Brand Architecture Strategy
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Brand Architecture Strategy and Why Your Business Needs It

If your brand has a plethora of products and services in the market, you might end up confusing your consumer in terms of decision-making. There are several companies today that have acquired other brands under its parent name, with each brand having its own positioning and appeal to the consumers. A confused consumer will hinder your sales drastically. In order to keep things simple and integrate a strategy that clearly defines the relational and strategic structure for all the brands under one name and relate to the customer’s preference, awareness and the brand’s influence, marketers have started optimizing Brand Architecture Strategy.

What is Brand Architecture Strategy?

Brand Architecture is the strategic method of organizing all the sub-brands under a larger brand, or also called as the main brand. It shows the relation between them both and shows how a business organizes and manages its brands in the market. According to Wikipedia, “The brand architecture should define the different leagues of branding within the organization; how the corporate brand and sub-brands relate to and support each other; and how the sub-brands reflect or reinforce the core purpose of the corporate brand to which they belong.” It helps you as a corporate brand to understand whether you want to create separate identities for every sub-brand, or define a structured relationship between all of them, by specifying the roles of the brands and their respective nature.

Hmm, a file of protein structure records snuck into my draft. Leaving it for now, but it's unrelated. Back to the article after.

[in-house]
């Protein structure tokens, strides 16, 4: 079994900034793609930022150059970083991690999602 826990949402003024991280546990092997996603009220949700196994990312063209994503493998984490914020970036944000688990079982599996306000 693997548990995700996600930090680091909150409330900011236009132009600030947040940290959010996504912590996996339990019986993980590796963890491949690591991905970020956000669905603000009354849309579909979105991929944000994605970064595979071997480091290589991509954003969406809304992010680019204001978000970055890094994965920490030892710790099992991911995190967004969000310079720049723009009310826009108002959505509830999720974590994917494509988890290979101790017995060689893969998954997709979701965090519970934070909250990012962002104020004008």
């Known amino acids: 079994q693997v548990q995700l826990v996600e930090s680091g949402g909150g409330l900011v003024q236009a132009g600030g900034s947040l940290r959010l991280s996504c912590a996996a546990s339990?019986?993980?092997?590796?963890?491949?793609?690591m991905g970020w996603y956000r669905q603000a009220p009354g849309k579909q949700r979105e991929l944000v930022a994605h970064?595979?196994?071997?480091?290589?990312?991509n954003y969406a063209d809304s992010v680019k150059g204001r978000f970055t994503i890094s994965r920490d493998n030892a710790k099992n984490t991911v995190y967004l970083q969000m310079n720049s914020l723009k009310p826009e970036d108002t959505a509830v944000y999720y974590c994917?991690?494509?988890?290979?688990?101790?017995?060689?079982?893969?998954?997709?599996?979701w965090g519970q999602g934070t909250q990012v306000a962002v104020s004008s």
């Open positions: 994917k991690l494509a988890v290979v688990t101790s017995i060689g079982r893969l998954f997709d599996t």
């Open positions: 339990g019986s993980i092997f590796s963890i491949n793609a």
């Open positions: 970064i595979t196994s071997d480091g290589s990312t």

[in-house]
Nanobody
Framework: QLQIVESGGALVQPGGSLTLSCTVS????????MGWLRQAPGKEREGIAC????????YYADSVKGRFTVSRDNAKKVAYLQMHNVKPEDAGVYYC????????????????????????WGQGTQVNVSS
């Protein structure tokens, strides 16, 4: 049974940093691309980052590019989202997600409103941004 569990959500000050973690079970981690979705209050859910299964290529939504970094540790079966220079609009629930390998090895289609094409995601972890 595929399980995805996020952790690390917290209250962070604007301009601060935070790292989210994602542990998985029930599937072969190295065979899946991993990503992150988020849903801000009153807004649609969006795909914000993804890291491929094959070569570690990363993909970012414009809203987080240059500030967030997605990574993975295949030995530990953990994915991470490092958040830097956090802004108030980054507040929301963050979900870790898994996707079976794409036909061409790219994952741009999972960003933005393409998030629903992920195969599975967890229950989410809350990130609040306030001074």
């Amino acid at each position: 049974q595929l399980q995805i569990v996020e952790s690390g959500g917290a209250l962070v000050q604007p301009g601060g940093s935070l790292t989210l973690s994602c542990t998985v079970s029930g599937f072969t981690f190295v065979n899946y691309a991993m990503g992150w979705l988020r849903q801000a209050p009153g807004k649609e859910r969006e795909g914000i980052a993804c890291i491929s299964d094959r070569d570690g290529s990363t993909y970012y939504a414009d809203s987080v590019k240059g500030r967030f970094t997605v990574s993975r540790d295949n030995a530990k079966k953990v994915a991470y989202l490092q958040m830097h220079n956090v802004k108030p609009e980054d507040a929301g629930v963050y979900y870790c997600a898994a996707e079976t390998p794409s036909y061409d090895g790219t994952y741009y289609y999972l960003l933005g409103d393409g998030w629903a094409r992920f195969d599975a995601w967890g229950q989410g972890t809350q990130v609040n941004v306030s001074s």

Brand Architecture has become one of the most essential components for any brand while making their brand strategy. It displays a clear relation between the main brand (Parent Company) and the sub-brands within it and also the differentiation between them. It defines every brand’s logo and colors distinctly, defining how they work together, enhancing the consumer’s understanding of it and increasing their interactivity with a brand. Having a brand’s building plan is important as it helps you map the consumer’s decisions, and the reasoning behind it, which is done through extensive research using the brand architecture strategy. Regardless of the size of the brand, there can be a significant improvement in the brand’s performance and market positioning by clearly defining the building structure of the corporate brand and its sub-brands.

Types of Brand Architecture:

As you can see, making a brand architecture strategy and utilizing it while integrating the brand’s building plan has certain advantages. However, it is also important to understand the various types of brand architecture, as every type has its own approach and benefits. Following are the types of Brand Architecture Strategy: